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Free Radic Biol Med. 2014 Dec;77:210-6. doi: 10.1016/j.freeradbiomed.2014.09.004. Epub 2014 Sep 16.

Antioxidant properties of UCP1 are evolutionarily conserved in mammals and buffer mitochondrial reactive oxygen species.

Author information

1
Department of Animal Physiology, Faculty of Biology, Philipps-Universität, 35043 Marburg, Germany.
2
Department of Animal Physiology, Faculty of Biology, Philipps-Universität, 35043 Marburg, Germany. Electronic address: martin.jastroch@helmholtz-muenchen.de.

Abstract

Mitochondrial uncoupling reduces reactive oxygen species (ROS) production and appears to be important for cellular signaling/protection, making it a focus for the treatment of metabolic and age-related diseases. Whereas the physiological role of uncoupling protein 1 (UCP1) of brown adipose tissue is established for thermogenesis, the function of UCP1 in the reduction of ROS in cold-exposed animals is currently under debate. Here, we investigated the role of UCP1 in mitochondrial ROS handling in the Lesser hedgehog tenrec (Echinops telfairi), a unique protoendothermic Malagasy mammal with recently identified brown adipose tissue (BAT). We show that the reduction of ROS by UCP1 activity also occurs in BAT mitochondria of the tenrec, suggesting that the antioxidative role of UCP1 is an ancient mammalian trait. Our analysis shows that the quantity of UCP1 displays strong control over mitochondrial hydrogen peroxide release, whereas other factors, such as mild cold, nonshivering thermogenesis, oxidative capacity, and mitochondrial respiration, do not correlate. Furthermore, hydrogen peroxide release from recoupled BAT mitochondria was positively associated with mitochondrial membrane potential. These findings led to a model of UCP1 controlling mitochondrial ROS release and, presumably, being controlled by high membrane potential, as proposed in the canonical model of "mild uncoupling". Our study further promotes a conserved role for UCP1 in the prevention of oxidative stress, which was presumably established during evolution before UCP1 was physiologically integrated into nonshivering thermogenesis.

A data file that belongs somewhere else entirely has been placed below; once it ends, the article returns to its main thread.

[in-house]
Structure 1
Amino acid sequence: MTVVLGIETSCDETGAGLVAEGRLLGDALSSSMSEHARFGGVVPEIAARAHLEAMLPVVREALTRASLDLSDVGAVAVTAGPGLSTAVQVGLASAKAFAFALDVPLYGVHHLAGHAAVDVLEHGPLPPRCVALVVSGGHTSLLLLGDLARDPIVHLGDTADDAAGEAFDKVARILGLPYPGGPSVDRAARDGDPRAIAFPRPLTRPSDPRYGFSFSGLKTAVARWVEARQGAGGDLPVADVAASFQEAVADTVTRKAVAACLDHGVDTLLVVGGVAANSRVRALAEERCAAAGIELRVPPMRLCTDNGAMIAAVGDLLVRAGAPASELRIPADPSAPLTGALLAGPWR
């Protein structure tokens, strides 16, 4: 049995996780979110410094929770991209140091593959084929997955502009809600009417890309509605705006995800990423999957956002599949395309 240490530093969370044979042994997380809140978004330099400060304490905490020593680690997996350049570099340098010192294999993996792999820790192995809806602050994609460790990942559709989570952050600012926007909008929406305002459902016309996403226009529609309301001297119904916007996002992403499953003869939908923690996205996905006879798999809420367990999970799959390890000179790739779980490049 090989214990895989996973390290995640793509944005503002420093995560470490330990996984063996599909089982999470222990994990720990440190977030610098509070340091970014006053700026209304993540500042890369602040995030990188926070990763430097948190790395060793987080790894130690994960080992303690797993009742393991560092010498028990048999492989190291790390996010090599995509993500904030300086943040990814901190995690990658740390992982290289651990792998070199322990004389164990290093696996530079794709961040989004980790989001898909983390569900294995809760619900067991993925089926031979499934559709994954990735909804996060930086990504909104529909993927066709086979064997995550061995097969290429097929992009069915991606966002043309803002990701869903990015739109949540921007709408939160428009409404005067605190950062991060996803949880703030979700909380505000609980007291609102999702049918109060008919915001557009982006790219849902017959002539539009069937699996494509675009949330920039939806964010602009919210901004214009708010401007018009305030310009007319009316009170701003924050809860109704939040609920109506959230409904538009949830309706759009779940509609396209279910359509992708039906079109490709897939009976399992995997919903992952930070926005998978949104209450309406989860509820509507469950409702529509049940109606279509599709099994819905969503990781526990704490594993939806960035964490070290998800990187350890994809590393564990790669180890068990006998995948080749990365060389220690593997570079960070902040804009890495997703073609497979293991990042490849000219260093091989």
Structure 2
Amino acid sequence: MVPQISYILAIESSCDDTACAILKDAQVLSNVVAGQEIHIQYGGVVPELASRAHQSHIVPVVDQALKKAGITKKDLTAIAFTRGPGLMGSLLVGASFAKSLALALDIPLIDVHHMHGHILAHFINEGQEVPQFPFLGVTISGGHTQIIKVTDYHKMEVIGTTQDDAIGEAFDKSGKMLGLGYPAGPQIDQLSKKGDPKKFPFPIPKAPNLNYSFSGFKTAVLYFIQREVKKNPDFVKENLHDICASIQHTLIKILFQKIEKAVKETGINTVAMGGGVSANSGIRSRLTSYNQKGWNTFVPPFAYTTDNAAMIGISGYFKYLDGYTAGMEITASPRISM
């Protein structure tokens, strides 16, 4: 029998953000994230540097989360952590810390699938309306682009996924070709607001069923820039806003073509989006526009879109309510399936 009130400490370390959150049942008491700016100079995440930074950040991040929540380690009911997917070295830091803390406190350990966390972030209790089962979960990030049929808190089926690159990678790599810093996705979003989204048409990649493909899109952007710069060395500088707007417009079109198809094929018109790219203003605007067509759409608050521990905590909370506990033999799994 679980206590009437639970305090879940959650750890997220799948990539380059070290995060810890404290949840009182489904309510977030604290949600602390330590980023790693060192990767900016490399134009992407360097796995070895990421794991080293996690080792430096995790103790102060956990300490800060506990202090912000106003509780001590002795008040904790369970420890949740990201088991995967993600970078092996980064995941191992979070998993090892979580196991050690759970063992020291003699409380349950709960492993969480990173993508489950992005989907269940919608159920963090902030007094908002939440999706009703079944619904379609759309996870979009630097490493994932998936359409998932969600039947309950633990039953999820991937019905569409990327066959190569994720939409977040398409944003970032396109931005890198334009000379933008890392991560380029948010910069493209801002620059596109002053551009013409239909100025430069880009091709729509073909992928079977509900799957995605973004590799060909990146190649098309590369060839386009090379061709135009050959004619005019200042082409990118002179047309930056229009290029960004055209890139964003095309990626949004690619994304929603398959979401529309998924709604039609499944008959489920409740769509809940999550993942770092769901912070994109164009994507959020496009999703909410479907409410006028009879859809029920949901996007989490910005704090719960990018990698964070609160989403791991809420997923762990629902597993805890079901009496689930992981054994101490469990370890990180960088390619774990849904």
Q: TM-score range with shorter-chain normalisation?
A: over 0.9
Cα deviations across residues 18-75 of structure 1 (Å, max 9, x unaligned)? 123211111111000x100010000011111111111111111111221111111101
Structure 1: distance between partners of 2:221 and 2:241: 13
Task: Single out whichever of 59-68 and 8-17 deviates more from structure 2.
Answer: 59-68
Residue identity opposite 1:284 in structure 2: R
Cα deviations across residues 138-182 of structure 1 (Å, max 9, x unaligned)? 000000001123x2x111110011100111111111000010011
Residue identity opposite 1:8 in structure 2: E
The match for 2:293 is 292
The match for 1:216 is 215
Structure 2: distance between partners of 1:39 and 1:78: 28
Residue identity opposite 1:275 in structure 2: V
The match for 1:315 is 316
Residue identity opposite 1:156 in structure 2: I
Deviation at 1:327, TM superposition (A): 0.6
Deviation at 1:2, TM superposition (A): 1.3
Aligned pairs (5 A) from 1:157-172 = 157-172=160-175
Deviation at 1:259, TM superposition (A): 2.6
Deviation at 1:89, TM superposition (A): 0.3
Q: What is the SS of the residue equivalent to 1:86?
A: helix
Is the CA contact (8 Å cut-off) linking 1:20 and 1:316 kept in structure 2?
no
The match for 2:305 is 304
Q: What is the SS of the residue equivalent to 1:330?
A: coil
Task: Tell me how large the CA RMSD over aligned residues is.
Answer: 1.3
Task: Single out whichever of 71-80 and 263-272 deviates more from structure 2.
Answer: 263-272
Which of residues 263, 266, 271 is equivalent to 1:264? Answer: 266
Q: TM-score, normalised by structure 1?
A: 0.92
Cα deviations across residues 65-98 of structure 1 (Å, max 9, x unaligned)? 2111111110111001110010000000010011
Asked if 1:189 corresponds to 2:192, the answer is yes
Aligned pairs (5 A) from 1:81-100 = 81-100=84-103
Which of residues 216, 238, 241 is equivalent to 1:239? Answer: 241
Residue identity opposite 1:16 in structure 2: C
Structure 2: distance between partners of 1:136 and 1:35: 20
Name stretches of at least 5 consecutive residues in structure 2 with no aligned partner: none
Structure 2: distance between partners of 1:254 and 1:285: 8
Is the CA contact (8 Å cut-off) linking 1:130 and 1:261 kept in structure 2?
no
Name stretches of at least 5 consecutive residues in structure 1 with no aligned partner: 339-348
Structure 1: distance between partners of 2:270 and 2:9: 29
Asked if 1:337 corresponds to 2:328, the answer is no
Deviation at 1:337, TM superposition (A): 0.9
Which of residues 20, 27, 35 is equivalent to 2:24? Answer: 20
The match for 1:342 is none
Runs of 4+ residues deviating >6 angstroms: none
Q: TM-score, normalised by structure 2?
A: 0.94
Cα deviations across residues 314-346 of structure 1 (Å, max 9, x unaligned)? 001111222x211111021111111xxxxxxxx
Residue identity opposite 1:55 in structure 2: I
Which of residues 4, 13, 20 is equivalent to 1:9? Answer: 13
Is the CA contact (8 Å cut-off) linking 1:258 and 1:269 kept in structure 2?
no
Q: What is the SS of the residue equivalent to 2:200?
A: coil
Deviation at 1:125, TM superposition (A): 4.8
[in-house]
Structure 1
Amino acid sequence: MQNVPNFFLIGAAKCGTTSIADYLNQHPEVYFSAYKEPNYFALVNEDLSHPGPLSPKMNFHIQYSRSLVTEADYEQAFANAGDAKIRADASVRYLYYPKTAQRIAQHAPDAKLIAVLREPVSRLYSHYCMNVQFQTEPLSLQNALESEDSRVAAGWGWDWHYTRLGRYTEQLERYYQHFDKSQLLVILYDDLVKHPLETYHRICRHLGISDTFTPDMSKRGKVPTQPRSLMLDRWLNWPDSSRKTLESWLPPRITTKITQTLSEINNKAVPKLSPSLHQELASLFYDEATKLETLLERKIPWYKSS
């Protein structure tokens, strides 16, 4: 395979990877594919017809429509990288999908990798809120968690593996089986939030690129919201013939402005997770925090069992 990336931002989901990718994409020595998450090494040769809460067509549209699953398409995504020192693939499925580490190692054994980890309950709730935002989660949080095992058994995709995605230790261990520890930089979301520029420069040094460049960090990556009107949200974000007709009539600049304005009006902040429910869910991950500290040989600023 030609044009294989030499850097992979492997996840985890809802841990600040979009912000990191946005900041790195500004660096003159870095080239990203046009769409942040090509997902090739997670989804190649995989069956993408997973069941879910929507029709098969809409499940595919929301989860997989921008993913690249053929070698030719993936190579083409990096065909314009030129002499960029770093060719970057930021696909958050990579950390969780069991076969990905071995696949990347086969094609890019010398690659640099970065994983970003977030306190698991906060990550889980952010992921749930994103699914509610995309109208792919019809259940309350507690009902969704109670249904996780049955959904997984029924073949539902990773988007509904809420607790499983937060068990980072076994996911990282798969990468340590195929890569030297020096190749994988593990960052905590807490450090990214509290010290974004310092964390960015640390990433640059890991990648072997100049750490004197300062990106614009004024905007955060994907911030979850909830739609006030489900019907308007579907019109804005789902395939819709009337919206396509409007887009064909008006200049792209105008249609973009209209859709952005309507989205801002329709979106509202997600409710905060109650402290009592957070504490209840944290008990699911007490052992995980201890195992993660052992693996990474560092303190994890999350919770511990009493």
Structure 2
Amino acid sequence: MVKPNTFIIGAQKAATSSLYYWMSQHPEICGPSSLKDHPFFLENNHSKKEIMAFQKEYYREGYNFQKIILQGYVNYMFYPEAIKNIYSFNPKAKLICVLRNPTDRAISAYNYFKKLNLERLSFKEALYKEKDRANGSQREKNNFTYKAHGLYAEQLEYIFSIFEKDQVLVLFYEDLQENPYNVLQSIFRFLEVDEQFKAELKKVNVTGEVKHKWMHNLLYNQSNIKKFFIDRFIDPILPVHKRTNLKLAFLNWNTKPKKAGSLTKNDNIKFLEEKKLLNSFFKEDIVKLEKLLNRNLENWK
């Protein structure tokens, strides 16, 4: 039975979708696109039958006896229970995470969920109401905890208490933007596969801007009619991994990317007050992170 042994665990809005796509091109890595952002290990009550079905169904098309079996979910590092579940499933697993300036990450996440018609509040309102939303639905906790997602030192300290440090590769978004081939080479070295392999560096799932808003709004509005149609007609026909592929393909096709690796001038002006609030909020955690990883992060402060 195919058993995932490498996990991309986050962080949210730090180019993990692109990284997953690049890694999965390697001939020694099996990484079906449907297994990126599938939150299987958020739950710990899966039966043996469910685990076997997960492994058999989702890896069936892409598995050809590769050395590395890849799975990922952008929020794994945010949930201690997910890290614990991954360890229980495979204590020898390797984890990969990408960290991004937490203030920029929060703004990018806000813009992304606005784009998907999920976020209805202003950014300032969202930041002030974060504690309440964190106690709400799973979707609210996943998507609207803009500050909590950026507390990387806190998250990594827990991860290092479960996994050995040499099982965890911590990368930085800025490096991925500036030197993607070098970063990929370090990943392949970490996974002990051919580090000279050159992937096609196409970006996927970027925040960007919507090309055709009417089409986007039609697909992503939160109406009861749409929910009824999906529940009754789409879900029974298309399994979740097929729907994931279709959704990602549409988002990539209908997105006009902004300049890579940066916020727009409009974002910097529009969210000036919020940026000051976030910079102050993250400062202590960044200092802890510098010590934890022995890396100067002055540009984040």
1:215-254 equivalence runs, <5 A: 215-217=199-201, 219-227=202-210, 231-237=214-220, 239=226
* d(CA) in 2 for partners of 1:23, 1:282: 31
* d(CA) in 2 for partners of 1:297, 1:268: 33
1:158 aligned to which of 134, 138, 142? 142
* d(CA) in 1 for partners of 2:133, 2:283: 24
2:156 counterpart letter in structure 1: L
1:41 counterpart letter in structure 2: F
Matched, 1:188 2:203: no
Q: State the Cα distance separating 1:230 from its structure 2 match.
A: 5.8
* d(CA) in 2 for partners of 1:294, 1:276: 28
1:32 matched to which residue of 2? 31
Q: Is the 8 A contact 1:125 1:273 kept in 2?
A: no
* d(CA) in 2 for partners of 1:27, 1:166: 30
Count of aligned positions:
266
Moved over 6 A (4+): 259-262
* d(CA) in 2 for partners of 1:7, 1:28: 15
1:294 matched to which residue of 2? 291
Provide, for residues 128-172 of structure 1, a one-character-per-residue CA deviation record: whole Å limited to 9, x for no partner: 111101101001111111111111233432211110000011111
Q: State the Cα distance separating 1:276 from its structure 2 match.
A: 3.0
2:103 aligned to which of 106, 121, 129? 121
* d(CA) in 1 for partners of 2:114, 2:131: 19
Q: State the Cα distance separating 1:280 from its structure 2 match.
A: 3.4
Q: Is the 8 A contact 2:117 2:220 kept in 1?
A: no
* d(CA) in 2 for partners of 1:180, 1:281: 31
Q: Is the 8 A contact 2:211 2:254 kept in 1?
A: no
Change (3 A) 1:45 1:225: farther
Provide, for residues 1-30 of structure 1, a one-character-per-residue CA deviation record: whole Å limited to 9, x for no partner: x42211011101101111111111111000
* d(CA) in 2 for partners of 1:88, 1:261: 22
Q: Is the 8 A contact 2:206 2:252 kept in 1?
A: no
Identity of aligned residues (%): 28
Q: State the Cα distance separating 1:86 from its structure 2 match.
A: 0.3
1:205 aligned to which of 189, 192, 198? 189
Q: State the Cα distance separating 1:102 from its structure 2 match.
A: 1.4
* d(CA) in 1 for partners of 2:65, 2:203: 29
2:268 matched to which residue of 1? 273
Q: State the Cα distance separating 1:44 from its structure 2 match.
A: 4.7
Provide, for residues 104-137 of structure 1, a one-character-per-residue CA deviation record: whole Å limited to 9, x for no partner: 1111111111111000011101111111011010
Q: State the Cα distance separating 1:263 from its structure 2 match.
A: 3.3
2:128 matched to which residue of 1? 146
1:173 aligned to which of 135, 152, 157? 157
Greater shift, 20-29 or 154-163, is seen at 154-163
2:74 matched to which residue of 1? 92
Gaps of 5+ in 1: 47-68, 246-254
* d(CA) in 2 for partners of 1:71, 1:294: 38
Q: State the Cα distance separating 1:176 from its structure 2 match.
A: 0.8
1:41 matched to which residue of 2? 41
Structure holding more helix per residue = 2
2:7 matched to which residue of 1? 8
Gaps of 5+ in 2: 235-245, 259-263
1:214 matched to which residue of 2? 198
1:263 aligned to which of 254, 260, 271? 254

KEYWORDS:

Afrotheria; Brown adipose tissue; Echinops telfairi; Evolution; Free radicals; Membrane potential; Mild uncoupling; Protoendothermic; Reactive oxygen species; Uncoupling protein 1

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